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Movie Reviews

[Fantastic Fest] Laughter (Le Rire) review: Laugh to keep from crying

It may not all sink in, but it is worth a watch.

Laughter (La Rire) is a Canadian drama that is hard to describe. The premise is straight forward. Valerie is the sole survivor of a brutal military attack. She has managed to move on with her life, but cannot fully escape what happened that day. She seems to have adjusted to her new life, but a new neighbor has her revisiting painful memories.

The story is exposition heavy. Laughter is about a woman handling survivor guilt. Her way of dealing with the incident is by talking with the people in her life. This is a very risky decision by director Martin Laroche. Conversation laden movies are a turn off to some people already. And the subject matter in Laughter can be disturbing and just plain confusing.

The reason it works in Laughter are the great performances. Leane Labreche-Dor is fantastic as Valerie. She gives Valerie a strength and confidence that will make some mistakenly believe (including possibly herself) that she has moved forward completely.

The truth is, she is just managing to get by. She has a pair of powerful conversations brought on by the arrival of a new neighbor. There is also a great monologue towards the end that summarizes what she is dealing with. These are the most memorable parts of Laughter.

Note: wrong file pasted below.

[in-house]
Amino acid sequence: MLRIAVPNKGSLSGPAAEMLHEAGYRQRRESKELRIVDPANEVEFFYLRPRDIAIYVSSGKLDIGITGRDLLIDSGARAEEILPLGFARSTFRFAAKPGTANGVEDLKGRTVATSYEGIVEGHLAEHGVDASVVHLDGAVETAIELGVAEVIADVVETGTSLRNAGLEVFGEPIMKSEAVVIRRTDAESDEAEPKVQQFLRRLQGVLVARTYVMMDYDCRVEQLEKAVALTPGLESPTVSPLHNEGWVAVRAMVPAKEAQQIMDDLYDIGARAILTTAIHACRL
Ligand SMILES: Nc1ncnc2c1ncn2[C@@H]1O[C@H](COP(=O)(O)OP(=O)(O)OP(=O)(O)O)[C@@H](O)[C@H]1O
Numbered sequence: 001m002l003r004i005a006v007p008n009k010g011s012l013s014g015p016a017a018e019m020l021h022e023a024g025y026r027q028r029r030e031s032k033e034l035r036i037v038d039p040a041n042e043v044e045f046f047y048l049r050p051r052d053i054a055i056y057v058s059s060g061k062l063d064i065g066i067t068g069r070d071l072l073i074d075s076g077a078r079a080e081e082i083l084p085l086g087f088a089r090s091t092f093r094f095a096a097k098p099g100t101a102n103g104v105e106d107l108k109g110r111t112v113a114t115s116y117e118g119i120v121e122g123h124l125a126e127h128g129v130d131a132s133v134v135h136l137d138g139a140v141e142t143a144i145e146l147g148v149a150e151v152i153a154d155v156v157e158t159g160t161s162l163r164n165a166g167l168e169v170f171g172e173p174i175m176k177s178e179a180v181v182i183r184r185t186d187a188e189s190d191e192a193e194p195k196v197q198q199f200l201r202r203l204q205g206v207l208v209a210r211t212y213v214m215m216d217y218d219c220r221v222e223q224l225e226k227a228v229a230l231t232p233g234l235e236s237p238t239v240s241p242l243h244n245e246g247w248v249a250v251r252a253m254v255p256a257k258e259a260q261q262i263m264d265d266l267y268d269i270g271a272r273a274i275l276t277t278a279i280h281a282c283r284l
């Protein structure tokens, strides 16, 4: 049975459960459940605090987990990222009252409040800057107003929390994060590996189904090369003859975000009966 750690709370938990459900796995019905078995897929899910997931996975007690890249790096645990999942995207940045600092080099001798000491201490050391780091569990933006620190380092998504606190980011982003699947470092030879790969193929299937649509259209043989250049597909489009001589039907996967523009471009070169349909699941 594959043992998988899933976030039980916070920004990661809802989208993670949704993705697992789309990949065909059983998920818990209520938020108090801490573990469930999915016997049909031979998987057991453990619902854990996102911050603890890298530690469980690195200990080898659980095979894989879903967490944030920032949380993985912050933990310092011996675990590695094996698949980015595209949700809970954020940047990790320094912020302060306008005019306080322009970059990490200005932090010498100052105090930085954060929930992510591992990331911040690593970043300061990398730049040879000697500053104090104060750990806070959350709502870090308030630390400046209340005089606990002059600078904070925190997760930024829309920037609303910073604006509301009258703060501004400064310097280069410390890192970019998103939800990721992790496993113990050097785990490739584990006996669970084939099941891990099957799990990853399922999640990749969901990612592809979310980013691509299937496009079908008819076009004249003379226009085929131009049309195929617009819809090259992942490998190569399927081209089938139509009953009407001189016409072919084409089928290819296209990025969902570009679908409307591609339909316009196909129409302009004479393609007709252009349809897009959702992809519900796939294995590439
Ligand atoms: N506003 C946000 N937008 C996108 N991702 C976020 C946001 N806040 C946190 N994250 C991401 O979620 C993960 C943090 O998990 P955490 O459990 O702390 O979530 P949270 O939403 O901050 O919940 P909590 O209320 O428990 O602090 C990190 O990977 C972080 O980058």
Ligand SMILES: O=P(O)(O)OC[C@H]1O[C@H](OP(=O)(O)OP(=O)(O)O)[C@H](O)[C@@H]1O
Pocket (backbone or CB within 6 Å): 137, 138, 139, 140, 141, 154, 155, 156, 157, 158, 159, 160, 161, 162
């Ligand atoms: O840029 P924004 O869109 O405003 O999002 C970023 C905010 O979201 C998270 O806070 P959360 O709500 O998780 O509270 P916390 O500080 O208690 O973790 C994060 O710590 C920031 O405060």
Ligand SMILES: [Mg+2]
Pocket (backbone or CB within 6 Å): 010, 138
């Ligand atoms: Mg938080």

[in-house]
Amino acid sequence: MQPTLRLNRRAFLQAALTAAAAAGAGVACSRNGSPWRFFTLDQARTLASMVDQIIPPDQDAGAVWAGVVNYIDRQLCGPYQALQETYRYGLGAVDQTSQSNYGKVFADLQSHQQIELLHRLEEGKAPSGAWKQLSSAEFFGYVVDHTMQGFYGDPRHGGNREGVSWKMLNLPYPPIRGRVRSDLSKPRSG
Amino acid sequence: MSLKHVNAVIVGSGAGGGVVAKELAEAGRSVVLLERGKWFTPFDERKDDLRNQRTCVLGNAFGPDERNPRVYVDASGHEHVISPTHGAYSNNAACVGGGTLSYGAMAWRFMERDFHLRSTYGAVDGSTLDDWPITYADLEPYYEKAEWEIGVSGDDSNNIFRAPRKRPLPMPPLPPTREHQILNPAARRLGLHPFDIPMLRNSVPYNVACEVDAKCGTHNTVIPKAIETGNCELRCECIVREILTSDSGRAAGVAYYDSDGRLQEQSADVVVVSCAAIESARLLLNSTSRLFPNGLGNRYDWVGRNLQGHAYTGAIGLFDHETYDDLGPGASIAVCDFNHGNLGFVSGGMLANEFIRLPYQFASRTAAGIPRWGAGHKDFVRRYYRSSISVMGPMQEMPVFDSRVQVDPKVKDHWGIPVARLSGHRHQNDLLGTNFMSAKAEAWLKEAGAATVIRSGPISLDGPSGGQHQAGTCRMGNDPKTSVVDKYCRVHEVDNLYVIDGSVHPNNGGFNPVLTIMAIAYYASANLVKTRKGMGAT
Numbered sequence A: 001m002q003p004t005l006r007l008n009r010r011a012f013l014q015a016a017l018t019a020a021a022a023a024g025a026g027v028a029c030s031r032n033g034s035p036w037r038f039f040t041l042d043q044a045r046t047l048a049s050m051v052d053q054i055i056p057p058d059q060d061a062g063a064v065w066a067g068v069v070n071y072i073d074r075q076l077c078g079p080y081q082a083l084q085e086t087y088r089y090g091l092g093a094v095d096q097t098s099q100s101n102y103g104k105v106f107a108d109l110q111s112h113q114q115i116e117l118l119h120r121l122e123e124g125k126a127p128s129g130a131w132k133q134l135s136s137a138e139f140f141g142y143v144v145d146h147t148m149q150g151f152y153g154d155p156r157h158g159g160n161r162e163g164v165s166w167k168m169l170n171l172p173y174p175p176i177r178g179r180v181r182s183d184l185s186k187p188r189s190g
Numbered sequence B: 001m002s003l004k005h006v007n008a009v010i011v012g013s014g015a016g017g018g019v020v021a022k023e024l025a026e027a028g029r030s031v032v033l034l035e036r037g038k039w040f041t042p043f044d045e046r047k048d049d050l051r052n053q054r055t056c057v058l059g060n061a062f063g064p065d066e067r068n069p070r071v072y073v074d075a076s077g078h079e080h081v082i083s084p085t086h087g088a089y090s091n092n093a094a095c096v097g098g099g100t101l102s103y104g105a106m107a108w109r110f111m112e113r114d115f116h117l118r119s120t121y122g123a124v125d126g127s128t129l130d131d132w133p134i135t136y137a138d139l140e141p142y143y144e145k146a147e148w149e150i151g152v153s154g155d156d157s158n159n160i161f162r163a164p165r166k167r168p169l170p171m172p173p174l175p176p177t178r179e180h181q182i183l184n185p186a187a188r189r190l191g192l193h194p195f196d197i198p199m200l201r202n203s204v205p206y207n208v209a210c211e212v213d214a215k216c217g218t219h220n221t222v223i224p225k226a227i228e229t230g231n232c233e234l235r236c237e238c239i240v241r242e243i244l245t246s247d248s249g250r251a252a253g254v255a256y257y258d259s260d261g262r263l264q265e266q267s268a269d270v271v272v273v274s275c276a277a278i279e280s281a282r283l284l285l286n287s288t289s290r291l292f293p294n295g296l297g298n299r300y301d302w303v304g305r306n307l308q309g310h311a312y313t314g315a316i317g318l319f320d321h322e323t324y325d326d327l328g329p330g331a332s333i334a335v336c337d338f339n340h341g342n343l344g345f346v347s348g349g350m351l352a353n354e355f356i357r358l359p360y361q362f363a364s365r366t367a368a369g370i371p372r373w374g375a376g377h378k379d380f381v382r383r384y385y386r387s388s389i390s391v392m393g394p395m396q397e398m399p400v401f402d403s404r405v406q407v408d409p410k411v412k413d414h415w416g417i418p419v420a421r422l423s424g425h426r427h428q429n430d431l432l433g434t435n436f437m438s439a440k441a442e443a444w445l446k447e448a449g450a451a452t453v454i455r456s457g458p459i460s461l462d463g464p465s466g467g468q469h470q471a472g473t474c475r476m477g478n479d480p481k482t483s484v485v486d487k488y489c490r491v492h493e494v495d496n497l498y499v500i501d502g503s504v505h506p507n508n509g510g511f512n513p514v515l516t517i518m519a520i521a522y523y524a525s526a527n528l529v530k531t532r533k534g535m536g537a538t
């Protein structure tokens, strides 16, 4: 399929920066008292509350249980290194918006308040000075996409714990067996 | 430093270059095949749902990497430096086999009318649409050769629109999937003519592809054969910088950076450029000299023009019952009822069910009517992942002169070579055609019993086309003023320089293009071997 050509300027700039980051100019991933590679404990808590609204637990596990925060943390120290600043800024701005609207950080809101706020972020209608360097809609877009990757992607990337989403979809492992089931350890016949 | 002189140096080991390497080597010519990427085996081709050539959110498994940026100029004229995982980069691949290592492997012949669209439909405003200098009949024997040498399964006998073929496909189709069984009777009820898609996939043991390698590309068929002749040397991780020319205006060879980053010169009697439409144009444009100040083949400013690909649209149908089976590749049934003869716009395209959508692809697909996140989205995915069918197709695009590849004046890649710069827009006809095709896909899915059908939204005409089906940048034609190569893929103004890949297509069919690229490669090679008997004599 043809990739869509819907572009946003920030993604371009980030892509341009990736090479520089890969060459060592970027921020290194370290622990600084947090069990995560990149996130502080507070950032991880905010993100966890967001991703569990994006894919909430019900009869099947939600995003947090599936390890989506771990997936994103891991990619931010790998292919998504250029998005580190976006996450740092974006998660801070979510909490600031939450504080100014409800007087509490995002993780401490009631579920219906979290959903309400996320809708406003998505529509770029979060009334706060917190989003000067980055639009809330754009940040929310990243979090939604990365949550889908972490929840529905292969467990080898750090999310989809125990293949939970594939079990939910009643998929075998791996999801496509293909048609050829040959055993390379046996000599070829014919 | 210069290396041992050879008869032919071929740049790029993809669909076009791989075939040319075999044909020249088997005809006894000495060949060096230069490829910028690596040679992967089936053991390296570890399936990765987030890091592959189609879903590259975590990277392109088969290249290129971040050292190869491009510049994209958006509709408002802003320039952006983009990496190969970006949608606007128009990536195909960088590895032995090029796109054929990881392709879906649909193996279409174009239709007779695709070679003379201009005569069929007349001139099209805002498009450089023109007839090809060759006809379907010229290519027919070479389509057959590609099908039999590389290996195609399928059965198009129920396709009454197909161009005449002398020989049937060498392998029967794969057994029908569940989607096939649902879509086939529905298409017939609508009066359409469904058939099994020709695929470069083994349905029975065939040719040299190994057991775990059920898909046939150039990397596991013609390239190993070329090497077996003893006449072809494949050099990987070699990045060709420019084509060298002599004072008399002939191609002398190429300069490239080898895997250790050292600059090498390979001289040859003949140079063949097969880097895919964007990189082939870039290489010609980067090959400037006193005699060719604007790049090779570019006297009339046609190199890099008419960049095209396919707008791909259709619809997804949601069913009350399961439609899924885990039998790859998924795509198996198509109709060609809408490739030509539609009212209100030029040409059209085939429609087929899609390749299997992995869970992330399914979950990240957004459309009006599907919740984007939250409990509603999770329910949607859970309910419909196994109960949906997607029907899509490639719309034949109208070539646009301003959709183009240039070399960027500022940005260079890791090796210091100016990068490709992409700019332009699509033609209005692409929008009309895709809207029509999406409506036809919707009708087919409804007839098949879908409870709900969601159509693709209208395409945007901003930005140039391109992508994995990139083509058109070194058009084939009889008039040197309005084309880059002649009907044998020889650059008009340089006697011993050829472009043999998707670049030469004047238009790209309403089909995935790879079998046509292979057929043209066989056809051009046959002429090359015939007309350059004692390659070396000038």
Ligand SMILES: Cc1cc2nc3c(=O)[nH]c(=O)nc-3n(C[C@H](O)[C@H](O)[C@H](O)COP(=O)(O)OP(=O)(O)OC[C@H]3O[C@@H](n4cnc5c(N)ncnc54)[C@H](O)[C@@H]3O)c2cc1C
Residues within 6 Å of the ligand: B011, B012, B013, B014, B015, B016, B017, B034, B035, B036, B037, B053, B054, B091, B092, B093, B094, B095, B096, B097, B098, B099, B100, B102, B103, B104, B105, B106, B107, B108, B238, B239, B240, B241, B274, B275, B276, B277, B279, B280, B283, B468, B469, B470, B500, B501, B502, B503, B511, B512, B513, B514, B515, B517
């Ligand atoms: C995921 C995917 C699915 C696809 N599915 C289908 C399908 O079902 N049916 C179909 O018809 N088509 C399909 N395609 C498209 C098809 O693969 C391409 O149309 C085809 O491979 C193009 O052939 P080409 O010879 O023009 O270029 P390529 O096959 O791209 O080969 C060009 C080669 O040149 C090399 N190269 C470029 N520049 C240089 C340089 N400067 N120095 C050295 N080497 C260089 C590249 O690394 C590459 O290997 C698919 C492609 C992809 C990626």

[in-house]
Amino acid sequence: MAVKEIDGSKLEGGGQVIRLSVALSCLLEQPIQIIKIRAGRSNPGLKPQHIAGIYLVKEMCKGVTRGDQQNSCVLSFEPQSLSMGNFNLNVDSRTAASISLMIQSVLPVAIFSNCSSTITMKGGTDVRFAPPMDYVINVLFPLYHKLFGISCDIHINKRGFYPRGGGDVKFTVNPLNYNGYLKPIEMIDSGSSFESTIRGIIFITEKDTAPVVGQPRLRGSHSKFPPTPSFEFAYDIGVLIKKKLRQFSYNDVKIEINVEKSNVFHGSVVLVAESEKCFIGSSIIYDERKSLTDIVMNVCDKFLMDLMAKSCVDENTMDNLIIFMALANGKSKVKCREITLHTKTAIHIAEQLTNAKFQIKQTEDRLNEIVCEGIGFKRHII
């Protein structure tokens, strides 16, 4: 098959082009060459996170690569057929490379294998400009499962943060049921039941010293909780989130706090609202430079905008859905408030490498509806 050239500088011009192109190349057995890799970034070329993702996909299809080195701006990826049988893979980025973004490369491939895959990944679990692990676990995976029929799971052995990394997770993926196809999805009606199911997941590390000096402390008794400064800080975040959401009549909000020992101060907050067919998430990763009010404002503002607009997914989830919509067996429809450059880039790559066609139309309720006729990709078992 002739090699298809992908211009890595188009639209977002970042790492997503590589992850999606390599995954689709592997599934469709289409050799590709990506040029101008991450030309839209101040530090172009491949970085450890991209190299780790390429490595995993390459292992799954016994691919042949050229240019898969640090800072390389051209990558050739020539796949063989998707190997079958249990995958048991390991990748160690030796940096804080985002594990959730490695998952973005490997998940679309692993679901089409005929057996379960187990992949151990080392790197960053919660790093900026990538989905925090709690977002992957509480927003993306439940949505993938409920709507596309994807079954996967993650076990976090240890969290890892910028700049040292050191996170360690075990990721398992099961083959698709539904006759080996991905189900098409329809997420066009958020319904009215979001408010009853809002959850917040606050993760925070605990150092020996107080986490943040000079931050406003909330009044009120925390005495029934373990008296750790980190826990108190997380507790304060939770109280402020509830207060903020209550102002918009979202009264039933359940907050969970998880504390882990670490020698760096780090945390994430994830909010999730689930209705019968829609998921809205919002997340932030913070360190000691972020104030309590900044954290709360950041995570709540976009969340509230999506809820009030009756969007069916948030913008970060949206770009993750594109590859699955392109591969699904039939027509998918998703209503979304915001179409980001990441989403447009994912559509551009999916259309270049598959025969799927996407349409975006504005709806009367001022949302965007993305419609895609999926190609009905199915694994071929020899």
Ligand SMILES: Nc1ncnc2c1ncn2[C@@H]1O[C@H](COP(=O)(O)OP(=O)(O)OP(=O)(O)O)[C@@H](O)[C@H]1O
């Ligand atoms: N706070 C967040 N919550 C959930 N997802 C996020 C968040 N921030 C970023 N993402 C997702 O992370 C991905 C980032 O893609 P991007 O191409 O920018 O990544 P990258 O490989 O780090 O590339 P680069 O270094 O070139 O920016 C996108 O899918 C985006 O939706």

Micheline Lanctot is also wonderful as Jeanne. She is a patient at the nursing home Valerie now works at. The two have fabulous chemistry. They are able to get away from their everyday lives when they talk to each other. Their friendship is an interesting part of Laughter. An argument can be made that it can be explored further. At the same time, the moments they have together, are enough to get across their important to each other’s lives.

[Fantastic Fest] Laughter (Le Rire) review: Laugh to keep from crying

The story can get very confusing. The civil war that is such an essential part of the story is only brought up when convenient. This makes Sense in Valerie’s case and she even mentions she does not like bringing it up. However, it is surprising no one else mentions the civil. There are also does not seem to be any visible signs of the conflict.

There are also many subplots in Laughter. They seem to take on a metaphorical quality and are difficult to understand. For example, there is a story involving Jean that is introduced early before being revisited at the end. It is obviously important, but it is hard to say why.

This brings everything back to the film’s title. There are a lot of obstacles for the characters of Laughter to overcome. A recurring theme of the film is the self-defense mechanism used by everyone. They try to make a jokes to cope with their sadness. It is not a matter of downplaying the moment or not taking things seriously. It comes down to a choice. A person ultimately has two options in life. They can either laugh or they can cry. The real joke is it usually means the same thing.

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